What writer's block?

My favourites? well I’ve lived a fairly sheltered life and have only made supermarket purchases to date, but with what I regard to be excellent examples, then I have no reason nor the means to look any further (yet).   Single malt choices would be Talisker 10 yr and Jura 10 yr which give me the option to go peaty or sweet.  For whiskey or bourbon my pick would be Woodford Reserve, I just love it.  As an in-betweener, I have recently found Bruichladdich Rocks to be a pleasant, easy drinker (in moderation of course).  I’ve done my best here to raise a glass to drinks that I know very little about, but I do genuinely enjoy them as a luxury drink and it’s safe to say that they would always follow a beer or two, afterall you can only have one true love.

Thanks to Mario for hosting and I look forward to reading the round-up!

Cheers, salute, sláinte, jamas, bottoms up!


The Session: A Christmas Carol

This months Beer Blogging Friday, or #Session (No.58),  is hosted by Phil Hardy over at Beersay.  His chosen theme is A Christmas Carol.  Here’s my small silver coin of a post to be wrapped neatly in the plum pudding blog round-up.

This will be my first Christmas as someone with a real interest in beer.  I’ve always enjoyed a beer at Christmas and I’ve been homebrewing for a couple of years now, but this year will have an additional focus when it comes to charging my glass.  First and foremost Christmas will always be about family to me, more so now I have my own kids, but now I will reserve a small part of my Christmas to a celebration of malt, hops and yeast.  The sentiment of sharing should win through and there is always the argument of “any beer will do” – something Leigh (The Good Stuff) gets across rather nicely in his post.   I will most likely share some bucks fizz, sherry, champagne, wine, port and whisky (not all at the same time) but when the household falls quiet and I put my feet up to reflect on the day past and the day ahead, then I prefer to put some thought into the beer I will enjoy.  Just to add that I am learning that if I put thought into my beer choice in advance, then I don’t get as hung up on it during the drinking.  It’s my opinion that taking stock of the day, or the year (which is often the case as the year draws to a close), can be enhanced, not in a drunken stupor, but in the way that our senses invoke memories past and effortlessly build new ones to enjoy in the future.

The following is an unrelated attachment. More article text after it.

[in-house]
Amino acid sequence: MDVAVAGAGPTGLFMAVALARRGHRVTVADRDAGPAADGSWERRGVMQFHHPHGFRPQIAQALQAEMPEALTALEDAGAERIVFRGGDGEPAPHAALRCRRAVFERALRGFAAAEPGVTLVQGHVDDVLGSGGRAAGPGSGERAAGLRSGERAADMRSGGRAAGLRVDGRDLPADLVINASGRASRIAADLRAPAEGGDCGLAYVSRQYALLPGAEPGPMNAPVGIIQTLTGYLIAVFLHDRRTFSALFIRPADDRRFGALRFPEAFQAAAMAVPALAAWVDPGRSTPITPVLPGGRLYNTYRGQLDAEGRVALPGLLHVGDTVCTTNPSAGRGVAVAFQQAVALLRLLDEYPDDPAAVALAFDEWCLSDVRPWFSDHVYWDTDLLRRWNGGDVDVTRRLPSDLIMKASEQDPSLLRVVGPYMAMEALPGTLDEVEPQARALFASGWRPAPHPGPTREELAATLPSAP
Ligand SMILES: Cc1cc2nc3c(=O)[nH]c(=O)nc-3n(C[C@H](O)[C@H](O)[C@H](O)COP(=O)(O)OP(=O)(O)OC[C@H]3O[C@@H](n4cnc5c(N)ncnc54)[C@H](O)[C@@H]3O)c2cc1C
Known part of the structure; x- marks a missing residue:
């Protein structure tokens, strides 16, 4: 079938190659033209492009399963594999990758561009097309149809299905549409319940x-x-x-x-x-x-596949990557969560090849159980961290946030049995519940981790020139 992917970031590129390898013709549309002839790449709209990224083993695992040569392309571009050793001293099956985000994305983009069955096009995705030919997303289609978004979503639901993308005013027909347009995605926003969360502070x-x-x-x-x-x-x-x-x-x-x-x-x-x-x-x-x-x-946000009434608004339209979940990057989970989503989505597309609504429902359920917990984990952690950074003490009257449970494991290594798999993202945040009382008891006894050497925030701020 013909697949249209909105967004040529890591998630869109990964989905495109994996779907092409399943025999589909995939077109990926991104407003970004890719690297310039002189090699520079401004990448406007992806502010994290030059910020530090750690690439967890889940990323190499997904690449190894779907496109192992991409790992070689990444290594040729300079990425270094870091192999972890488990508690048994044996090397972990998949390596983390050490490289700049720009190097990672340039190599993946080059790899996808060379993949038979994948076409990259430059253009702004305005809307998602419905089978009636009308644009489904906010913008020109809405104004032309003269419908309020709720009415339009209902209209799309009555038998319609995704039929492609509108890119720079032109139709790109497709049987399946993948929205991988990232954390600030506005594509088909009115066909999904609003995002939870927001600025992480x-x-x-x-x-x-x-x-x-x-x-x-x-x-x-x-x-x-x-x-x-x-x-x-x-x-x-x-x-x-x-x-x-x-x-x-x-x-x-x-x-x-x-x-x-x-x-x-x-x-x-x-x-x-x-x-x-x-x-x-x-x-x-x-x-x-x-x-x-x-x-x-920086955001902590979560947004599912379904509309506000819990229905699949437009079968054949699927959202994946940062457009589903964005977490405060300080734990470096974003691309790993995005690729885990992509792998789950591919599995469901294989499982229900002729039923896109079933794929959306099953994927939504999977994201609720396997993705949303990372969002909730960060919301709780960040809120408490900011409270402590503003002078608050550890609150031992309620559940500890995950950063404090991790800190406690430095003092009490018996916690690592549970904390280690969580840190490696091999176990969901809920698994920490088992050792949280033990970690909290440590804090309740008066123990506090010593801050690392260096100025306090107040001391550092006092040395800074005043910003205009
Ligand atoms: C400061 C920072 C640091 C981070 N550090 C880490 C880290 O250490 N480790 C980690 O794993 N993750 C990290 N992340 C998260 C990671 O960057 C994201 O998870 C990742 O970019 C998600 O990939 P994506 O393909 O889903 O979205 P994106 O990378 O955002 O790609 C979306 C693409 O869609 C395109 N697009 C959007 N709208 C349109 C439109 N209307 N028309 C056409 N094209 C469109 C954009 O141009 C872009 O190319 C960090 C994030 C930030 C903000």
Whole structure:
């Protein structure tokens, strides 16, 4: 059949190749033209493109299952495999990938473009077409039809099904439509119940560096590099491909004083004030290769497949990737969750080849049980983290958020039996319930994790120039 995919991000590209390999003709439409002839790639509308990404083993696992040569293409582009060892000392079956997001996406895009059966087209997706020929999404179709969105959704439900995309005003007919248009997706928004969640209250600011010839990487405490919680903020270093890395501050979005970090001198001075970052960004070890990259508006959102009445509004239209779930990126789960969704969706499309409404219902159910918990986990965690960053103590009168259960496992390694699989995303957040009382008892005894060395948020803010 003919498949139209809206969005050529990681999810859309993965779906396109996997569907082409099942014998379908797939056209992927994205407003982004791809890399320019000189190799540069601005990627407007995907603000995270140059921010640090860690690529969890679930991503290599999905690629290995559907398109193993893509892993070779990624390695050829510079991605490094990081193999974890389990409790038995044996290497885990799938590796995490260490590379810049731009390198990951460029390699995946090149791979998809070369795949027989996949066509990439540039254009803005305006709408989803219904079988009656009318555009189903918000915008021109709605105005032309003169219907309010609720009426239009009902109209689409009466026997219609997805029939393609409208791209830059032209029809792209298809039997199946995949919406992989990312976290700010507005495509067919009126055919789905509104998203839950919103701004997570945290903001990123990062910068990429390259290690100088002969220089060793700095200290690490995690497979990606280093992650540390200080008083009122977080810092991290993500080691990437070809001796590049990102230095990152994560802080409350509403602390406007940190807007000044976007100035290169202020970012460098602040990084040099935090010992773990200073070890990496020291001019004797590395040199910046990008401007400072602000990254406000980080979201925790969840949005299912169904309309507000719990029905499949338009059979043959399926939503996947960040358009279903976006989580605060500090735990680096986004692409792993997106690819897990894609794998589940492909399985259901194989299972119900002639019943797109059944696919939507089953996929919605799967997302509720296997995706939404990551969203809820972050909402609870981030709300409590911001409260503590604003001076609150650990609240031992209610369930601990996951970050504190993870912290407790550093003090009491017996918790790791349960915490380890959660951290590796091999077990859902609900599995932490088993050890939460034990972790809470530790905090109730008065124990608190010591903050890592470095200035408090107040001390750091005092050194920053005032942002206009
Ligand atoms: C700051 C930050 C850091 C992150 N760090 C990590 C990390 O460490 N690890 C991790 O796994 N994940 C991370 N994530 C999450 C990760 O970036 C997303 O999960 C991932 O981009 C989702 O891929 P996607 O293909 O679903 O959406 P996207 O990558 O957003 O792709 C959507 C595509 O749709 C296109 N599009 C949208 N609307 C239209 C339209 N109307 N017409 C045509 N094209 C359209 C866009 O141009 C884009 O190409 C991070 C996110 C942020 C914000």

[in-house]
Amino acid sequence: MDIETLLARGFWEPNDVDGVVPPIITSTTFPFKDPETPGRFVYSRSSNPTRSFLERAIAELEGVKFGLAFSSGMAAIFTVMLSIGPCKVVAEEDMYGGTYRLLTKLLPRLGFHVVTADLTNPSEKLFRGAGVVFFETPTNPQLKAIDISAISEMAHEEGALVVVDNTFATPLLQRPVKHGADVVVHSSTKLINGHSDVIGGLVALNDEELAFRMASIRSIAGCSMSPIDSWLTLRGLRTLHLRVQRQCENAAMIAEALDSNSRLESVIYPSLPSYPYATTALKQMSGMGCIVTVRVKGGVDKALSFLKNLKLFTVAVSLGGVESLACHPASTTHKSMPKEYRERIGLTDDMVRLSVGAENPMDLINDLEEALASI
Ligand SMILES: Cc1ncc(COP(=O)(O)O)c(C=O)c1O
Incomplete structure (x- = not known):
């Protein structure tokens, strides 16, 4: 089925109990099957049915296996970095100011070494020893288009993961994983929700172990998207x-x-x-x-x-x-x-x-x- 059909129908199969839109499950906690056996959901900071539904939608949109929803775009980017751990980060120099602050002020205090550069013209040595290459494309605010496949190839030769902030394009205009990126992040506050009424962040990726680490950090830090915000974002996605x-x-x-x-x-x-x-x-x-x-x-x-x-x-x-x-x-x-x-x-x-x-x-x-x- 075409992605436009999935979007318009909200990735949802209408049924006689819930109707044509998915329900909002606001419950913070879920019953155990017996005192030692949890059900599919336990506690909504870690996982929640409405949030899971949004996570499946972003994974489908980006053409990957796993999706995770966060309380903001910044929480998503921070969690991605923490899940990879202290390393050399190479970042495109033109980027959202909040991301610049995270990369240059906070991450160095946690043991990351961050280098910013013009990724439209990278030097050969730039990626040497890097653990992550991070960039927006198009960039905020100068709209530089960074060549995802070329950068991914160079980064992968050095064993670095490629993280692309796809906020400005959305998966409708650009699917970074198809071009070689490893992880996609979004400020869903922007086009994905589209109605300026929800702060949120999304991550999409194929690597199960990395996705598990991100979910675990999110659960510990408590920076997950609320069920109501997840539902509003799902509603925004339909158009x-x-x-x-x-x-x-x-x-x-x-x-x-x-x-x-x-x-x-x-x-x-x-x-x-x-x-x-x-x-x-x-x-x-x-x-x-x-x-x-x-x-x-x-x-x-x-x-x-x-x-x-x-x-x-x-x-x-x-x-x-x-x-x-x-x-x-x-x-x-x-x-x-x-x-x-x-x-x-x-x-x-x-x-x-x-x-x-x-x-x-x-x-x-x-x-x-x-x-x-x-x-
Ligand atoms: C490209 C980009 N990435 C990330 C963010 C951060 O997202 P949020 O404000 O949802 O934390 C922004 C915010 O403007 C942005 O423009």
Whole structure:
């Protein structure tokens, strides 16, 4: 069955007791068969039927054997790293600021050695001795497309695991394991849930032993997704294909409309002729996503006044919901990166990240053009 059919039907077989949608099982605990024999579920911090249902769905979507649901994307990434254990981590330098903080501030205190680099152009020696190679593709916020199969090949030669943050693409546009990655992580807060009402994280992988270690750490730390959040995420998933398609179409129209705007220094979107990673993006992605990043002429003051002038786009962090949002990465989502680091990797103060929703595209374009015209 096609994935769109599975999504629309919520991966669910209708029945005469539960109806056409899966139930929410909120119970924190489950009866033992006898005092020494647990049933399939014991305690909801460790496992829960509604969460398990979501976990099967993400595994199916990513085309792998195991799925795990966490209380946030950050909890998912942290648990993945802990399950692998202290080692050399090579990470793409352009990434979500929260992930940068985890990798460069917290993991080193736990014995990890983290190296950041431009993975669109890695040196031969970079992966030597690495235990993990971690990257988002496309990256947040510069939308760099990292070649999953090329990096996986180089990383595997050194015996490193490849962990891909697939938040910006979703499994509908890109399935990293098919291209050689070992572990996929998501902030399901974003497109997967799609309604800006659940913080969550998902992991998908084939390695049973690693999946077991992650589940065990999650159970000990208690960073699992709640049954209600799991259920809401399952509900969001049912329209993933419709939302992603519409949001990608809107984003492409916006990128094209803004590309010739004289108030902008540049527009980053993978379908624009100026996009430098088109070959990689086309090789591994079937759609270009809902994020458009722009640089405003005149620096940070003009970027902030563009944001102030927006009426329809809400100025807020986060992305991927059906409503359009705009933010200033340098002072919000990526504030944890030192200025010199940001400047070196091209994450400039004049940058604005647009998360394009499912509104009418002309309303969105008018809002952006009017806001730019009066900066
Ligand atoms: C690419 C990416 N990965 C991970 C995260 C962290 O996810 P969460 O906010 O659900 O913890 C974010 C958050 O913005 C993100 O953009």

It’s probably no coincidence that beer is typically brewed a lot stronger at times of celebration and Christmas is no exception – this is not to say there is no variation in Chrismas beer.  Also, before anyone argues the point, I’m only too aware that with a renewed focus on beer and in brewing innovation, that strong beer is available all year round, but for me a 10% IPA won’t cut it for this time of year.  Well maybe just the one then.